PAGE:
Friday, September 16, 2011

The Silence of Friday

I came to the office at the usual time today. I found someone else already here and the coffee made. So I was at my desk, lunch in the fridge and coffee in my mug, at 06:50. I read the Bible and prayed, started my computer then pulled up the three Word files I work with in my pre-work hours, and continued my routine. I printed my daily log to the printer not too far outside my office, and nothing happened. The icon said it went to the printer, but nothing came out. The printer was turned on, but nothing came out. Figuring it was the network printer server that was down, I ignored it.

As other people began to arrive for their work day, I couldn't help but notice how quiet it was outside the office door. Normally I would hear pages being emitted from that printer/copier. Normally I would hear the plotters just a little farther down the hall whirring and drawing. Normally I heard conversations begin. But today, nothing. I checked my desk clock and computer clock and cell phone clock to make sure I wasn't an hour early, but no, it was just a very quiet morning. The department head who occupies the office right next to mine was gone, so the conversations he usually has, which I can't help but overhear, were also contributing to the silence.

A few minutes ago I found out the printer server isn't down, only that one printer, lacking a part that won't arrive until Tuesday. Since we have flex time, and some people work four 10-hour days, we have a few less people here on a Friday. Why no one is using the plotters I don't know, but presumably those will begin their whirring before the day is out.

The quietness, though, is unnerving. How can I get any work done in such total silence? Even the downspout that's on the exterior of the building, just four feet from where my ears are, which was conveying some water as I arrived at work, has gone silent. I've got to edit and add to an important floodplain report that has to go out next week. Where is the background noise that fills in the gaps when my eyes reach the end of a line and my brain must tell my head to shift, my eyes to move, and begin reading the next line? I have a radio I could turn on, but the reception is lousy with this receiver in this building.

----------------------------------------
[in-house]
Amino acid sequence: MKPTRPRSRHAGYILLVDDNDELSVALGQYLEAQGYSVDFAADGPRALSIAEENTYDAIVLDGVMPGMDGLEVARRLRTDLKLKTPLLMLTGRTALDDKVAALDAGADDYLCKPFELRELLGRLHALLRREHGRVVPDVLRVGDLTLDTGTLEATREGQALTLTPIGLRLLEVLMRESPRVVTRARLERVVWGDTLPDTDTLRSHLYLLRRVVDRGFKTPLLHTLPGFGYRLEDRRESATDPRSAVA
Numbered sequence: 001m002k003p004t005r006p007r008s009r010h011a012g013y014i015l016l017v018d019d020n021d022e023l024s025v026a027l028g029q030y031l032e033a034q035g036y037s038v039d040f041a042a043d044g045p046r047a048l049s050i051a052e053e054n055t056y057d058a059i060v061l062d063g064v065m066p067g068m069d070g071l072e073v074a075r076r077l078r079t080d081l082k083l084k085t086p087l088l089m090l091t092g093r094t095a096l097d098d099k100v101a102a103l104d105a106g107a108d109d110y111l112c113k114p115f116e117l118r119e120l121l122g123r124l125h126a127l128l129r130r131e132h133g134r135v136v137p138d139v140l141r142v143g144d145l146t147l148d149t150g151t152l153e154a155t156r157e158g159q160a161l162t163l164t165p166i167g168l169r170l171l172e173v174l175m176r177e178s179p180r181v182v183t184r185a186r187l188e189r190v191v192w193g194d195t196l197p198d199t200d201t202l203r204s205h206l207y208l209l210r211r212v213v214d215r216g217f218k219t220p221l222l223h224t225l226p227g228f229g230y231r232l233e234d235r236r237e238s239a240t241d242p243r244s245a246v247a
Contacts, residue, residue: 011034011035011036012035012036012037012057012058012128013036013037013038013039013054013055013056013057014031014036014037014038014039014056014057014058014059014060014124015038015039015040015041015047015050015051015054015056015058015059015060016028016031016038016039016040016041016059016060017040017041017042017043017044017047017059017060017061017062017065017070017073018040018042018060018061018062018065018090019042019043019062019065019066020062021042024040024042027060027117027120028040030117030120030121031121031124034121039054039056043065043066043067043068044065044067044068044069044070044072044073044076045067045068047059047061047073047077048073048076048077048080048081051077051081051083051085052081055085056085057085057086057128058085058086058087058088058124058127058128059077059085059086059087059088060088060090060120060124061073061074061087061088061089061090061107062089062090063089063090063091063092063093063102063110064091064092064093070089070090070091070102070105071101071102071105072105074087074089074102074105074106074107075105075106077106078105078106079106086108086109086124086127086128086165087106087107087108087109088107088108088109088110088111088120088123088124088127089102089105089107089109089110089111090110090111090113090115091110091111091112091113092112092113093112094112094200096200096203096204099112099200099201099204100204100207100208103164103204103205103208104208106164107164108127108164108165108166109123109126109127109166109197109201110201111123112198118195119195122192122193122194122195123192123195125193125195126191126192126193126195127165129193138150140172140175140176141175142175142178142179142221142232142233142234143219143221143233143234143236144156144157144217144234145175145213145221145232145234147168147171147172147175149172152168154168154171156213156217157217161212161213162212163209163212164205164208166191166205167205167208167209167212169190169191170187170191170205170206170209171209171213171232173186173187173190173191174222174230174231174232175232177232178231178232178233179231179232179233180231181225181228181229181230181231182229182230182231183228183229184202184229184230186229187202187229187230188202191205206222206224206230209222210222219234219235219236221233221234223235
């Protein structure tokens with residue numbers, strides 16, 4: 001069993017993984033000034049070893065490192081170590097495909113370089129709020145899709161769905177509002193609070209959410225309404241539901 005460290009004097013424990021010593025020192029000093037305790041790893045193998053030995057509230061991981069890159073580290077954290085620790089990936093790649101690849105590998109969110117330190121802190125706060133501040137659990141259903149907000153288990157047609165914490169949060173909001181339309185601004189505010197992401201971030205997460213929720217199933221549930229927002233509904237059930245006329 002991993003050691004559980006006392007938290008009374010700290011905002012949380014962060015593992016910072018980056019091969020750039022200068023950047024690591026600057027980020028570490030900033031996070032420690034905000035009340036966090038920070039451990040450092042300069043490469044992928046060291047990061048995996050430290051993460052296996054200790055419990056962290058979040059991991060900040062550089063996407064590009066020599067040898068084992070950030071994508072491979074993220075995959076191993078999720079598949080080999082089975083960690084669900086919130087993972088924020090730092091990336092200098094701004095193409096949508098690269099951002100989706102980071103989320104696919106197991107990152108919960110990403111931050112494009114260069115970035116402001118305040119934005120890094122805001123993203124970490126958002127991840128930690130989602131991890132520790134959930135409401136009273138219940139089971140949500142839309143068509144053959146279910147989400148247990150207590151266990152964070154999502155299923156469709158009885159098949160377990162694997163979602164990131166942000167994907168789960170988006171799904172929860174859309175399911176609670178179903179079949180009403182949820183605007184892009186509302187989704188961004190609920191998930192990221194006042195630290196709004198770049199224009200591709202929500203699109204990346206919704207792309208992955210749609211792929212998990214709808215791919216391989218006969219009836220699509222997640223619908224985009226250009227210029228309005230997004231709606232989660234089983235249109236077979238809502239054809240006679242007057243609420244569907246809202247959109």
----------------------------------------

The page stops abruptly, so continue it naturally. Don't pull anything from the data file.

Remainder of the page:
It's strange how much we don't notice ambient noise. I suppose that's true everywhere we go, not just at the office. It's probably true with all our senses, not just hearing. There's background seeing, smelling, tasting, and feeling. Take away that background, and how noticeable is the missing!

I'm trying to think up a clever analogy-ish closing for this, but one escapes me for now. I've typed over an hour, with numerous breaks in between. The ambient noise has crept up a little. I hear footsteps behind me in an amongst the cubicles. There's someones computer beeping, a voice being cleared, a door being closed. All very faint, but still audible, still welcome.

I suppose I could train myself to work without the background stimuli, but suspect it would be a difficult retraining.

So, I have made a useless blog post on a difficult Friday, when I should be working but can't due to the extreme quietness. Let the retraining begin.

Wednesday, September 14, 2011

Letters from Saudi Arabia

Regular readers of this blog, not so much recently but over the years, will know that I love letters as literature. I keep hunting books of letters, over the Internet, in used book stores, wherever I can find them. Today on my afternoon break, after I taught a brown bag class, I opened a PDF file I downloaded some time ago of Martin Luther's letters. I only read about 1/3 of the introduction and the first letter in the book, but I enjoyed it.